When the viscous material 32 is an electrically conductive material, it is not essential that the viscous material 32 leave any portion of the features on the surface of the electrically conductive layer 14 exposed, as some effects of the electrical field created by the applied electrical potential through the electrochemical bath will tend to produce an etching effect on the relatively high features, regardless of the fact that they are covered by the viscous material 32. By using such a technique, an extra degree of control over the rate of etching can be exercised, by adjusting the depth at which such relatively high features are covered with the viscous material 32.
Alternately, when the viscous material 32 is an electrically nonconductive material, at least a portion of the relatively high features on the surface of the electrically conductive layer 14 are left exposed, so that the effects of the electrical field created by the applied electrical potential through the electrochemical bath are able to produce an etching effect on the exposed or uncovered relatively high features.
In either situation, whether the viscous material 32 is electrically conductive or electrically nonconductive, the degree of etching of the relatively high features is preferably adjustable by agitating the electrochemical bath. At a relatively low degree of agitation, the weak attraction between the viscous material 32 and the material of the electrically conductive layer 14 is sufficient to cover a relatively greater portion of the surface of the electrically conductive layer 14, while at a relatively high degree of agitation, the weak attraction between the viscous material 32 and the material of the electrically conductive layer 14 is a relatively smaller influence, and the viscous material 14 tends to cover a relatively lesser portion of the surface of the electrically conductive layer 14.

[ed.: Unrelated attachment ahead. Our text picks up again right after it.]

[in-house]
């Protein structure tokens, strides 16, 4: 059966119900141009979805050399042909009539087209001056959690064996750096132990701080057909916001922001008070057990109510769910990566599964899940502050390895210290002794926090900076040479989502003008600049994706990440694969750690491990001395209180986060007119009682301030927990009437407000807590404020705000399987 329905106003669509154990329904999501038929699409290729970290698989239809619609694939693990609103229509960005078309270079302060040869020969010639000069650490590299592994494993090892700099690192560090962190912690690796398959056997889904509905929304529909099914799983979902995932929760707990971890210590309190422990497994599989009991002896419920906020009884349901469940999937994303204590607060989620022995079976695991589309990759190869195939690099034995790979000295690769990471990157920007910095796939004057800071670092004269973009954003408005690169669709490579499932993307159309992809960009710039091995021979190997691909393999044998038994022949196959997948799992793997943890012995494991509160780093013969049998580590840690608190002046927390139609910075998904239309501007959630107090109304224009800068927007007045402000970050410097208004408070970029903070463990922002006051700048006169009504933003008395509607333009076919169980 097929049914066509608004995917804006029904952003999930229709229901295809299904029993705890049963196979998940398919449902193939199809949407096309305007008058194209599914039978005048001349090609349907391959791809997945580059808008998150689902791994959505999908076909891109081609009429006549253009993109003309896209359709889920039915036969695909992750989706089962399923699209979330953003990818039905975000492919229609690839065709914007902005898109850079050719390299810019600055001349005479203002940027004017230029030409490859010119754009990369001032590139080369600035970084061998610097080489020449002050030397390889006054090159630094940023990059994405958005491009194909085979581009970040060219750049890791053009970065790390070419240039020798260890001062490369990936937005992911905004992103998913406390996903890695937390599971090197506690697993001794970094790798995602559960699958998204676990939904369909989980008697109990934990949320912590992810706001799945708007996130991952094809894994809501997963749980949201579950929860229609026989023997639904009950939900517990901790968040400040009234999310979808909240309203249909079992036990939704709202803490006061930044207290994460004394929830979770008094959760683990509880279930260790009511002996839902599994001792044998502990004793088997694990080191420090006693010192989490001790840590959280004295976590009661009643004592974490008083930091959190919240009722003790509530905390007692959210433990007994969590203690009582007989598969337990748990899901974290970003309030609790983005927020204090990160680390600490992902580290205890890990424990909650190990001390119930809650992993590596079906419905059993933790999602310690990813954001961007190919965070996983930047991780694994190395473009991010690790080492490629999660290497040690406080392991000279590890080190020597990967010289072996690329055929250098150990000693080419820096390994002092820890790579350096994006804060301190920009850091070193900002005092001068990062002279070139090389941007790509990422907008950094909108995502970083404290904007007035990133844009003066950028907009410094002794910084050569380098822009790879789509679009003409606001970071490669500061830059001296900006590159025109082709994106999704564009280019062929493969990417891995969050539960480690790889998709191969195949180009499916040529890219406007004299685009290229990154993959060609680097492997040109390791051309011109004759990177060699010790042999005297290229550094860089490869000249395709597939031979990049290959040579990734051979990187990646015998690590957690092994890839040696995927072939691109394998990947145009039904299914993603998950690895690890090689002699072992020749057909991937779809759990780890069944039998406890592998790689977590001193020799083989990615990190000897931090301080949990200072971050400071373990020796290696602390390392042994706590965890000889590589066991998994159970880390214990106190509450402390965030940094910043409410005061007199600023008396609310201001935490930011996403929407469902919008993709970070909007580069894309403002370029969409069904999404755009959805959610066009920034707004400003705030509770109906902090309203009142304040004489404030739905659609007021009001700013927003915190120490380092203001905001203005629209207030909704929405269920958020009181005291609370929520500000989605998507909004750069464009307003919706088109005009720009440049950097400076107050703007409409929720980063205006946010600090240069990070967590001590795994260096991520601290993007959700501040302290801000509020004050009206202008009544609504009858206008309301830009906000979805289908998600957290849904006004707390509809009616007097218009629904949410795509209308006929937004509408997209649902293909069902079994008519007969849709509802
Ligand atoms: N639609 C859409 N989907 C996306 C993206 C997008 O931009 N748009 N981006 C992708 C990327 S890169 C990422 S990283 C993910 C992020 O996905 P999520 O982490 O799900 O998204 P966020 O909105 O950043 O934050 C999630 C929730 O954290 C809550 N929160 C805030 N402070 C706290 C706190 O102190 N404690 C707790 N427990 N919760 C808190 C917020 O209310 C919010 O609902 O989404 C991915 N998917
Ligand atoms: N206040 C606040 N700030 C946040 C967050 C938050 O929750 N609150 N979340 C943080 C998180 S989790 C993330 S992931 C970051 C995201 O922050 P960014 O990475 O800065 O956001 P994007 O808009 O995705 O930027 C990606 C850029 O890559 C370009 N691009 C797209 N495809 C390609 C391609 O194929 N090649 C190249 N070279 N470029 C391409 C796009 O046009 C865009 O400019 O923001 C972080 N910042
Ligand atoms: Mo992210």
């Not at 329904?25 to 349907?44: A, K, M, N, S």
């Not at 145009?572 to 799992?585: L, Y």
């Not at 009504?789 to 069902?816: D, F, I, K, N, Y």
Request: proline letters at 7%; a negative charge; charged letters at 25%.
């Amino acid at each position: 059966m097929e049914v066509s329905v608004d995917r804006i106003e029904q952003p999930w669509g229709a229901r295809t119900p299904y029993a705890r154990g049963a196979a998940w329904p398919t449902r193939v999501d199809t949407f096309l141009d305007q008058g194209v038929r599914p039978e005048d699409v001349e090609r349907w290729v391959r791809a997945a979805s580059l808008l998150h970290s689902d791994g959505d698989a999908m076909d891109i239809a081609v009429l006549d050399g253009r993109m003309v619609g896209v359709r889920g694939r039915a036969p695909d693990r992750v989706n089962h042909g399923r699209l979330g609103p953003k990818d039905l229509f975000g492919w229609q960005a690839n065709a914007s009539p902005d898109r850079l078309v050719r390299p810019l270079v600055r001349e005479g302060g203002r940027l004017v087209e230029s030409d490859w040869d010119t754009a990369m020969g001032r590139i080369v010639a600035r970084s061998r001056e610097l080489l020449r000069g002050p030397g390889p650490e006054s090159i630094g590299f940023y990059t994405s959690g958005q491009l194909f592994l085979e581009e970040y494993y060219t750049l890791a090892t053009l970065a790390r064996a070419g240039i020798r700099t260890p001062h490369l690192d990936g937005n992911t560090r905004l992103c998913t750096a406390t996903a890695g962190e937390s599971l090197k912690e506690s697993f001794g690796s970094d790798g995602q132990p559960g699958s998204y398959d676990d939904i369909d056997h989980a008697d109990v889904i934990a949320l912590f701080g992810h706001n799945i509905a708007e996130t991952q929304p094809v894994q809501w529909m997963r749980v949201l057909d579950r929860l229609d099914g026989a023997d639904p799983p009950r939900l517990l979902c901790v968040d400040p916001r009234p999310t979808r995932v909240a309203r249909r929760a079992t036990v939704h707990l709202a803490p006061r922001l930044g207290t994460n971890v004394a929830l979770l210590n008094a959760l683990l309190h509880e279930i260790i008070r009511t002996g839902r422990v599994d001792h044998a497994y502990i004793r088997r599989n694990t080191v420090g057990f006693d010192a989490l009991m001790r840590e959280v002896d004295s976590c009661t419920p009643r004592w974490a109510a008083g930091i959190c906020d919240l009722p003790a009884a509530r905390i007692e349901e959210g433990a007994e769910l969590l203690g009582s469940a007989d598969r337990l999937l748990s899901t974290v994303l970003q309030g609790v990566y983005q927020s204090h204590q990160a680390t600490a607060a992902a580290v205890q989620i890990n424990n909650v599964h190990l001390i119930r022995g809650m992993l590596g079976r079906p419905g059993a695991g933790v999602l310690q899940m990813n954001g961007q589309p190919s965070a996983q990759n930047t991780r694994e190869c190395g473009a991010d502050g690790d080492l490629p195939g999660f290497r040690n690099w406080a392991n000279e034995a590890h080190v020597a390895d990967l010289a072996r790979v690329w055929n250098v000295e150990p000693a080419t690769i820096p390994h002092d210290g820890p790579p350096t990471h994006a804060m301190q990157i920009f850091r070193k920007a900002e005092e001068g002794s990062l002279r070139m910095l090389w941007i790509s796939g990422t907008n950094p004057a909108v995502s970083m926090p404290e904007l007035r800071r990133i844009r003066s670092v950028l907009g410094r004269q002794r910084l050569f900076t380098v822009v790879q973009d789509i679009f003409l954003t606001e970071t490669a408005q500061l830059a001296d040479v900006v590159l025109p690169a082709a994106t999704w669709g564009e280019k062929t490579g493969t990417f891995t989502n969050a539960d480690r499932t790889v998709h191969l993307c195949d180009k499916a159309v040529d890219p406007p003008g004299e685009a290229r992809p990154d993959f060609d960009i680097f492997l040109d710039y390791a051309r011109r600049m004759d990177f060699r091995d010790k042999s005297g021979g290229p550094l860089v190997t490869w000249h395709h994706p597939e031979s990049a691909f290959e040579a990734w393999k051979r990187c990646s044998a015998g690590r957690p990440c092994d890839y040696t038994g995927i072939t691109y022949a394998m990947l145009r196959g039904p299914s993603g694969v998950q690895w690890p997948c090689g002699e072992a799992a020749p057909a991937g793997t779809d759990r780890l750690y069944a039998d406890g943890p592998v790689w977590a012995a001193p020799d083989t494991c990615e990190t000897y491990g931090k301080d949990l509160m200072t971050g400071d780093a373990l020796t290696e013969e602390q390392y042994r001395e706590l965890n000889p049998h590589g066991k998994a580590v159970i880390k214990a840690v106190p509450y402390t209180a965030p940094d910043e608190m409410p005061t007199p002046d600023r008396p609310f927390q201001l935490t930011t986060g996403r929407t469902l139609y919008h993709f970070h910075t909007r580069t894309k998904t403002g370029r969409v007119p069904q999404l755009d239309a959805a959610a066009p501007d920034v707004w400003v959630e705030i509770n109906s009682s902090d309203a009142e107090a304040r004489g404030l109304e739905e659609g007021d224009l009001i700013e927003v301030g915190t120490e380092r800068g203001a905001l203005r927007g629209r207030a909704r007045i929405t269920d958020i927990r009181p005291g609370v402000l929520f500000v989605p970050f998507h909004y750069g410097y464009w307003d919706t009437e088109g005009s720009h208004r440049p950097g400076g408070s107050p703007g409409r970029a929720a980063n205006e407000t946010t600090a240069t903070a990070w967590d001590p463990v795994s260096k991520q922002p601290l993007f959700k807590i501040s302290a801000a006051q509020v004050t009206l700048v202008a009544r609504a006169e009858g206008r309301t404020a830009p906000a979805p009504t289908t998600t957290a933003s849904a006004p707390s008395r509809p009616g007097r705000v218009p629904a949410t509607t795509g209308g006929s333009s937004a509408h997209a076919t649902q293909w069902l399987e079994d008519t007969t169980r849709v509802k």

For example, at a first relatively low degree of agitation, only the relatively highest features such as features 16, 22, 26, and 30 may be exposed to the electrochemical bath through the viscous material 32, while at a second relatively high degree of agitation, features such as 18 and 24 may also be exposed to the electrochemical bath through the viscous material 32. In this manner, the degree to which the surface of the electrically conductive layer 14 is etched is selectable. In a most preferred embodiment, the agitation is produced by stirring the electrochemical bath, while in alternate embodiments the agitation is produced in other ways, such as sparging the electrochemical bath with an inert gas, circulating the electrochemical bath through a flow system, mechanically rocking the substrate 10, or applying sonic waves, such as ultrasonic vibration, to the electrochemical bath.